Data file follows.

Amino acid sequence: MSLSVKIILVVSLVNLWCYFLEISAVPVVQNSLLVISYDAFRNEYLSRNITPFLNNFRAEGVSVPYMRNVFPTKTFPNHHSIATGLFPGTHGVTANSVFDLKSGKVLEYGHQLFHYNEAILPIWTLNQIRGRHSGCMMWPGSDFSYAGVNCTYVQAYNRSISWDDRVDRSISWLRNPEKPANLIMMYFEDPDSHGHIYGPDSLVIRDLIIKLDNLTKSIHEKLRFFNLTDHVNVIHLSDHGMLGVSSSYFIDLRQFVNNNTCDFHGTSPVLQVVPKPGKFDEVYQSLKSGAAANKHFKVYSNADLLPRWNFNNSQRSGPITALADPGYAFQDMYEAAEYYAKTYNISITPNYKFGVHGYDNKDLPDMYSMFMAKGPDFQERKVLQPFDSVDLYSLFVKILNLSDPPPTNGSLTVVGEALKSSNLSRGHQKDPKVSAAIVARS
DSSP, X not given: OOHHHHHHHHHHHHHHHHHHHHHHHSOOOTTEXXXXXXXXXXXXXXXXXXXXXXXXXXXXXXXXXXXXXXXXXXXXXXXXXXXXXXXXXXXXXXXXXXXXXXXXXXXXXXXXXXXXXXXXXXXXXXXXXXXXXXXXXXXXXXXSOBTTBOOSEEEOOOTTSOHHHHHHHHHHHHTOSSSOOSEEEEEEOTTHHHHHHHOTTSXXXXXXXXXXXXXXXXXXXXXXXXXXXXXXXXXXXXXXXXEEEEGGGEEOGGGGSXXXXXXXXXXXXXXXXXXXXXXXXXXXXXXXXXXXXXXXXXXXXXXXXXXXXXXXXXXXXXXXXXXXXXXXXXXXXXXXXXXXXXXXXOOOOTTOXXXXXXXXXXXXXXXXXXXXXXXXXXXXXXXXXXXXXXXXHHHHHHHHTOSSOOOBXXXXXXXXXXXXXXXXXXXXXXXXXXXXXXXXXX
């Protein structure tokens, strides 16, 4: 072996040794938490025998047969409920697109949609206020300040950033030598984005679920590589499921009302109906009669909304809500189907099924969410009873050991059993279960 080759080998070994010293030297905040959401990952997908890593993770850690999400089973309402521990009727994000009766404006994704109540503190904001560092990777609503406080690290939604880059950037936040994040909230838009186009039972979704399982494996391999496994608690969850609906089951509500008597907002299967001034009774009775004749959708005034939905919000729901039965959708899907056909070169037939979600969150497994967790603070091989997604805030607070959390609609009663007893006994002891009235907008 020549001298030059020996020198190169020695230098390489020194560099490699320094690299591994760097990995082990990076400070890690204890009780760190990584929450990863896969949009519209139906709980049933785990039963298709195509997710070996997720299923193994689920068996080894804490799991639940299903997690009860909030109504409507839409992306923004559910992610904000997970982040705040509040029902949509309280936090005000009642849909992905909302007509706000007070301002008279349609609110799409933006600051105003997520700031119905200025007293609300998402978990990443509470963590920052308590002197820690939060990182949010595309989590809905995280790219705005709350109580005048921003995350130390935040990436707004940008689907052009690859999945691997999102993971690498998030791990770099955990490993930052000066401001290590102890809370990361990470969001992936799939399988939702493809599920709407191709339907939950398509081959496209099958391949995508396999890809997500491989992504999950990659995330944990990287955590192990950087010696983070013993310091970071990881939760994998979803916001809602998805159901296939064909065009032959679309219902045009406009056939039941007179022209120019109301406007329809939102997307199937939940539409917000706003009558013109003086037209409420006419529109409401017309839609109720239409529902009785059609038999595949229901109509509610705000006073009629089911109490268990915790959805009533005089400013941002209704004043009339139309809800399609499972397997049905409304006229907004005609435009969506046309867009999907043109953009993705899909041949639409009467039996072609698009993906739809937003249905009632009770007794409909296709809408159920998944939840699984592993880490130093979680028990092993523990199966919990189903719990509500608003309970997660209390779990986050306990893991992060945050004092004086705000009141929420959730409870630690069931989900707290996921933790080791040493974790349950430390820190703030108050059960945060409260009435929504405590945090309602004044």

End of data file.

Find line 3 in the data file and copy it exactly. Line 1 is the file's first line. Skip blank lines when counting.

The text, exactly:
């Protein structure tokens, strides 16, 4: 072996040794938490025998047969409920697109949609206020300040950033030598984005679920590589499921009302109906009669909304809500189907099924969410009873050991059993279960 080759080998070994010293030297905040959401990952997908890593993770850690999400089973309402521990009727994000009766404006994704109540503190904001560092990777609503406080690290939604880059950037936040994040909230838009186009039972979704399982494996391999496994608690969850609906089951509500008597907002299967001034009774009775004749959708005034939905919000729901039965959708899907056909070169037939979600969150497994967790603070091989997604805030607070959390609609009663007893006994002891009235907008 020549001298030059020996020198190169020695230098390489020194560099490699320094690299591994760097990995082990990076400070890690204890009780760190990584929450990863896969949009519209139906709980049933785990039963298709195509997710070996997720299923193994689920068996080894804490799991639940299903997690009860909030109504409507839409992306923004559910992610904000997970982040705040509040029902949509309280936090005000009642849909992905909302007509706000007070301002008279349609609110799409933006600051105003997520700031119905200025007293609300998402978990990443509470963590920052308590002197820690939060990182949010595309989590809905995280790219705005709350109580005048921003995350130390935040990436707004940008689907052009690859999945691997999102993971690498998030791990770099955990490993930052000066401001290590102890809370990361990470969001992936799939399988939702493809599920709407191709339907939950398509081959496209099958391949995508396999890809997500491989992504999950990659995330944990990287955590192990950087010696983070013993310091970071990881939760994998979803916001809602998805159901296939064909065009032959679309219902045009406009056939039941007179022209120019109301406007329809939102997307199937939940539409917000706003009558013109003086037209409420006419529109409401017309839609109720239409529902009785059609038999595949229901109509509610705000006073009629089911109490268990915790959805009533005089400013941002209704004043009339139309809800399609499972397997049905409304006229907004005609435009969506046309867009999907043109953009993705899909041949639409009467039996072609698009993906739809937003249905009632009770007794409909296709809408159920998944939840699984592993880490130093979680028990092993523990199966919990189903719990509500608003309970997660209390779990986050306990893991992060945050004092004086705000009141929420959730409870630690069931989900707290996921933790080791040493974790349950430390820190703030108050059960945060409260009435929504405590945090309602004044």